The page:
33 victims of PKK’s Başbağlar massacre remembered

DAILY SABAH
ISTANBUL
Published 05.07.2018 18:05
emDHA Photo/em
DHA Photo

On its 25th anniversary, 33 victims of the Başbağlar massacre were remembered in the eponymous village in northeastern Turkey's Erzincan province yesterday. A minister and lawmakers joined the mourning families of the victims in remembrance and for the unveiling of a monument dedicated to this dark chapter of the '90s.

The victims – all of them male residents of the village – were shot execution-style by a group of terrorists who stormed the village on July 5, 1993, three days after another massacre killed 37 people in the central city of Sivas. Villagers would later testify that the assailants told them at the time that it was in retaliation for the Sivas massacre.

Today, it is viewed as a plot by the "deep state" to pit Sunnis against Alevis. Başbağlar was a Sunni-majority village, while the 35 victims who died in a hotel burned by an angry mob were mostly Alevi intellectuals and artists.

Interestingly, both attacks were proceeded by the slaughter of 33 unarmed conscripts in the eastern city of Bingöl by the PKK on May 24, 1993. The suspicious deaths of top military officers would wrap up an eventful year that started with a car bombing that killed investigative journalist Uğur Mumcu and a suspicious car accident that claimed the life of Finance Minister Adnan Kahveci. Turgut Özal, the country's eight president and the first one with a civilian background, also died of a heart attack in April 1993 with many claiming that he was poisoned.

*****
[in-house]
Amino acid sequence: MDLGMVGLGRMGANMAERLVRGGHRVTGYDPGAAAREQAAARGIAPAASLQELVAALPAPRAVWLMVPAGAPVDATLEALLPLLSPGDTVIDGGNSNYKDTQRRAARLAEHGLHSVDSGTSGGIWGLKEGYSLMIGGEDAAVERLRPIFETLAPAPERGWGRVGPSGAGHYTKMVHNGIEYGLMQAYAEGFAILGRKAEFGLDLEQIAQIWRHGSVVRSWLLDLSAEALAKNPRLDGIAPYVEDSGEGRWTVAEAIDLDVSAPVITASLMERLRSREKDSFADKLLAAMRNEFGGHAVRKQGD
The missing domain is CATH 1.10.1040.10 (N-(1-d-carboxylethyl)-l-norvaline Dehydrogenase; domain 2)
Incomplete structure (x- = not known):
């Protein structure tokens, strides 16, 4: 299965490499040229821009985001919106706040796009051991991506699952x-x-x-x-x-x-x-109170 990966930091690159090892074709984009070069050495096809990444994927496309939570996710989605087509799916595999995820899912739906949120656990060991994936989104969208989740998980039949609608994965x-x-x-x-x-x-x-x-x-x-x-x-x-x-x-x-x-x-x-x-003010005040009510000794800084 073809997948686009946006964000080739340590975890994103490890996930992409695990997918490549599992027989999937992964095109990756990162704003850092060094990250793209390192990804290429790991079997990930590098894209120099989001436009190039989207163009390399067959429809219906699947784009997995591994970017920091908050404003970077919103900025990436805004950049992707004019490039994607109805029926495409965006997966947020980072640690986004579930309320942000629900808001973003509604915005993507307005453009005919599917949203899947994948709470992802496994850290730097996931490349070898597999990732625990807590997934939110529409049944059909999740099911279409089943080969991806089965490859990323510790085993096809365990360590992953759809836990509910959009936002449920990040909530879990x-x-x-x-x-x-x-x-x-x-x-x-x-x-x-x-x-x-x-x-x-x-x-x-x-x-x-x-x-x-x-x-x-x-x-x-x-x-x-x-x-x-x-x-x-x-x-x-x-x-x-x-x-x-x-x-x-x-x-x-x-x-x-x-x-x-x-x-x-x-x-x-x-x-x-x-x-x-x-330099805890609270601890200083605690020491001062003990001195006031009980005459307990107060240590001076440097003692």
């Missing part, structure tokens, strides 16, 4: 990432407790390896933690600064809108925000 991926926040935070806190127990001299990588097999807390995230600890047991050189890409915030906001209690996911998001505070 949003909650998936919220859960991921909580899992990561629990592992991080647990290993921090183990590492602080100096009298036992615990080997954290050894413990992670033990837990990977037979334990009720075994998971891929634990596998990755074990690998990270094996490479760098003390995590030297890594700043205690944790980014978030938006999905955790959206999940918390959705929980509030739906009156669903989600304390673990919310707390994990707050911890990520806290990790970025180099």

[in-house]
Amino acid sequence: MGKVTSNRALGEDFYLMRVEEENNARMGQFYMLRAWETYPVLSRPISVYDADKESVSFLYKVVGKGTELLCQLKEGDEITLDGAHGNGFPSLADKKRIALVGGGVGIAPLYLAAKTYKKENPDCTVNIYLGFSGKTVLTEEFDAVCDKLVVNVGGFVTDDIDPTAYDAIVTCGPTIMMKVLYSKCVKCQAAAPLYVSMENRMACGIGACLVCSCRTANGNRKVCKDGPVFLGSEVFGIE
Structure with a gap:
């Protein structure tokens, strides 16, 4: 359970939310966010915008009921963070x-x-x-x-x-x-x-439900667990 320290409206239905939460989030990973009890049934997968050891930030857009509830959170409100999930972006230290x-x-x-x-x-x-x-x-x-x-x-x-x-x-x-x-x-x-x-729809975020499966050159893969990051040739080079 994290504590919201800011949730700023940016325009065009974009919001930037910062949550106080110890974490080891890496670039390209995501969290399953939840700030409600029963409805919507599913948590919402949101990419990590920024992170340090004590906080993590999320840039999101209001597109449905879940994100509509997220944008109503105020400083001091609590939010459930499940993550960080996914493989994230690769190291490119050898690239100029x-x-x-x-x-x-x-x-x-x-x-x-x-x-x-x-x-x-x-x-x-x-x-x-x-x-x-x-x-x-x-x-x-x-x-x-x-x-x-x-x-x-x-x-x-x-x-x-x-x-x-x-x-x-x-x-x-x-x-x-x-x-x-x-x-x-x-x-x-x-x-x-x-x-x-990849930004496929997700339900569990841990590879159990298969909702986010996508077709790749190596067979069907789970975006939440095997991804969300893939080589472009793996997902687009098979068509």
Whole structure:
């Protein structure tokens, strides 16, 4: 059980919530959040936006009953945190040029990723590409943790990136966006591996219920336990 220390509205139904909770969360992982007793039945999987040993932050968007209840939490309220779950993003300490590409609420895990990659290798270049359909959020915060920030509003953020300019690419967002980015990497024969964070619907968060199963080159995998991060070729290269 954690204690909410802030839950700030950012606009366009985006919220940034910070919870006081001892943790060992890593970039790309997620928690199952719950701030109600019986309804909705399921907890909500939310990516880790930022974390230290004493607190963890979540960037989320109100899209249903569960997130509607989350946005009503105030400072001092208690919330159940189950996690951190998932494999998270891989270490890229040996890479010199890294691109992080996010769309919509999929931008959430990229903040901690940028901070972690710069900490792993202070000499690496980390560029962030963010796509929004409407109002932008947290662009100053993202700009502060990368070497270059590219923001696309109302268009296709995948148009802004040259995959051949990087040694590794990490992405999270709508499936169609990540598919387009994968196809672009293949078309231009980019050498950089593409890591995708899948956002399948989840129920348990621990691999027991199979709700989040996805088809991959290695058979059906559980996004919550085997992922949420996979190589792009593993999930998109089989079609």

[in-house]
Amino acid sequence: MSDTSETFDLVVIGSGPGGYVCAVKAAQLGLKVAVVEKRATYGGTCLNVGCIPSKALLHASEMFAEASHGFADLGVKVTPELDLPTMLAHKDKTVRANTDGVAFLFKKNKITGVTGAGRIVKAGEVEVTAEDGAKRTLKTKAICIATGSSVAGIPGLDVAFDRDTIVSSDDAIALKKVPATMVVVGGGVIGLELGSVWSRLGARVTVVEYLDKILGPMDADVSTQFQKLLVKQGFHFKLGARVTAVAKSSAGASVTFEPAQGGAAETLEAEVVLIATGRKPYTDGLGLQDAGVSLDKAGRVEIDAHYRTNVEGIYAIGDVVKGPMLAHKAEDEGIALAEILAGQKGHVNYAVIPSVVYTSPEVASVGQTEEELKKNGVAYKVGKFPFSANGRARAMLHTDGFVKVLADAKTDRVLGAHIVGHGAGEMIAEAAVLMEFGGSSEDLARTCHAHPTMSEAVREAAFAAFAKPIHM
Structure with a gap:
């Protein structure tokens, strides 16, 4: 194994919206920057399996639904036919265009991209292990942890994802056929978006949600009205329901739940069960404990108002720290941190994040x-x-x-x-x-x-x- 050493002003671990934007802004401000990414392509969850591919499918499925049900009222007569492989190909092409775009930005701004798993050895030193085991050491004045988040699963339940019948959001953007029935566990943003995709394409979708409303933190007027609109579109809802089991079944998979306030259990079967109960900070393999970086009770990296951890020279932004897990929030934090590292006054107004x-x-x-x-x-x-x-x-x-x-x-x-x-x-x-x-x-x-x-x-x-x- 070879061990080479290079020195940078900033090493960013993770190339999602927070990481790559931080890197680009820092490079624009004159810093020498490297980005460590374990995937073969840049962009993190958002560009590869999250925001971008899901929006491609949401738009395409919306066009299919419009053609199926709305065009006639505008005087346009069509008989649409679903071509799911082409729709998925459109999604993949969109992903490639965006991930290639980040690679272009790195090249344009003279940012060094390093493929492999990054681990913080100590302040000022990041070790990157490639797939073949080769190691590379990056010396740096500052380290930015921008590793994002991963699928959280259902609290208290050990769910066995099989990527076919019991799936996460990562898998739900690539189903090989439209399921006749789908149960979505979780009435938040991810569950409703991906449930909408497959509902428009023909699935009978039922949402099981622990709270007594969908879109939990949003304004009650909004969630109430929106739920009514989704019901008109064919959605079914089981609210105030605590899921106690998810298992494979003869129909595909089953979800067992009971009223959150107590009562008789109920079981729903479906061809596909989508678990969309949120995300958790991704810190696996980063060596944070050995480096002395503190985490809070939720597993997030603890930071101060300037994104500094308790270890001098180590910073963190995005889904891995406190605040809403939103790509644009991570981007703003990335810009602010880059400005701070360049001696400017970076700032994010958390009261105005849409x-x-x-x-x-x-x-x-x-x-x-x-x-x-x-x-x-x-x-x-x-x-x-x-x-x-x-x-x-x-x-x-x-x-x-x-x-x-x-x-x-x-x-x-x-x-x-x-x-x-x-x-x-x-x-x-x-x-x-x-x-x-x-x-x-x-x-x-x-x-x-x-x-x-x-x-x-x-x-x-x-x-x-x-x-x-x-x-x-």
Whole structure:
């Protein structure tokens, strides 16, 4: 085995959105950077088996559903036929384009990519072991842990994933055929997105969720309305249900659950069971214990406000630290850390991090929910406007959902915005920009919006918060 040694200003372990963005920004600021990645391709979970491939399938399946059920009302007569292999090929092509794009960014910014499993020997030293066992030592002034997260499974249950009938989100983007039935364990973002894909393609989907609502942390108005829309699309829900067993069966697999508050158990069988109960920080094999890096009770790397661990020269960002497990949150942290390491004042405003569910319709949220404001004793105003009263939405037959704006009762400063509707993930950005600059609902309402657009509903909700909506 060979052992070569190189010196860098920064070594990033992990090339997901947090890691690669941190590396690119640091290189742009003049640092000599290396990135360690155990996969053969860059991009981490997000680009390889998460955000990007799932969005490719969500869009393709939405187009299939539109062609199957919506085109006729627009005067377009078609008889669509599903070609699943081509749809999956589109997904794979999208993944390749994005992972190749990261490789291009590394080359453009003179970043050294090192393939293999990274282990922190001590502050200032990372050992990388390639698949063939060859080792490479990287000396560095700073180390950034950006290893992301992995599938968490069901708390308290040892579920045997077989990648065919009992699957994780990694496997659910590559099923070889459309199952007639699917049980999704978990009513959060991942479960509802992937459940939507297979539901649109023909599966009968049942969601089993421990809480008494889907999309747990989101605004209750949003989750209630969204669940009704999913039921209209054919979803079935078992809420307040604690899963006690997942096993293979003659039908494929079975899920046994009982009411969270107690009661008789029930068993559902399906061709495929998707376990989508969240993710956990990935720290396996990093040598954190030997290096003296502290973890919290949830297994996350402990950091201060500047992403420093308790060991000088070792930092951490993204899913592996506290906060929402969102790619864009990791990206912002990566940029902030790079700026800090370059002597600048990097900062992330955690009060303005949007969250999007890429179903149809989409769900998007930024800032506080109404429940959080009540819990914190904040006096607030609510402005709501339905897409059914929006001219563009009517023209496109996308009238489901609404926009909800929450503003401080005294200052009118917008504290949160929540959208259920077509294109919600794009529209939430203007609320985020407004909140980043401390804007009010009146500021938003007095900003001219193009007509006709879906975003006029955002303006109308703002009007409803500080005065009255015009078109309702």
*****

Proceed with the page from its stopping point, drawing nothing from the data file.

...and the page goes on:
Media outlets point the finger to the "deep state," a collection of bureaucrats, mobsters, soldiers and influential people from all walks of life running a shadowy organization for their own interests.

Speaking at the remembrance ceremony, Customs and Commerce Minister Bülent Tüfenkçi, who represented the government at the event, said the "suffering" in Sivas and Başbağlar was the work of "the same masterminds."

"They wanted to pit people against each other, to divide this country. They served the same purpose," the minister said.

Ravza Kavakçı, deputy chair of the ruling Justice and Development Party (AK Party), said at the ceremony that "the state failed to back its own citizens unfortunately," adding "but that was old Turkey."

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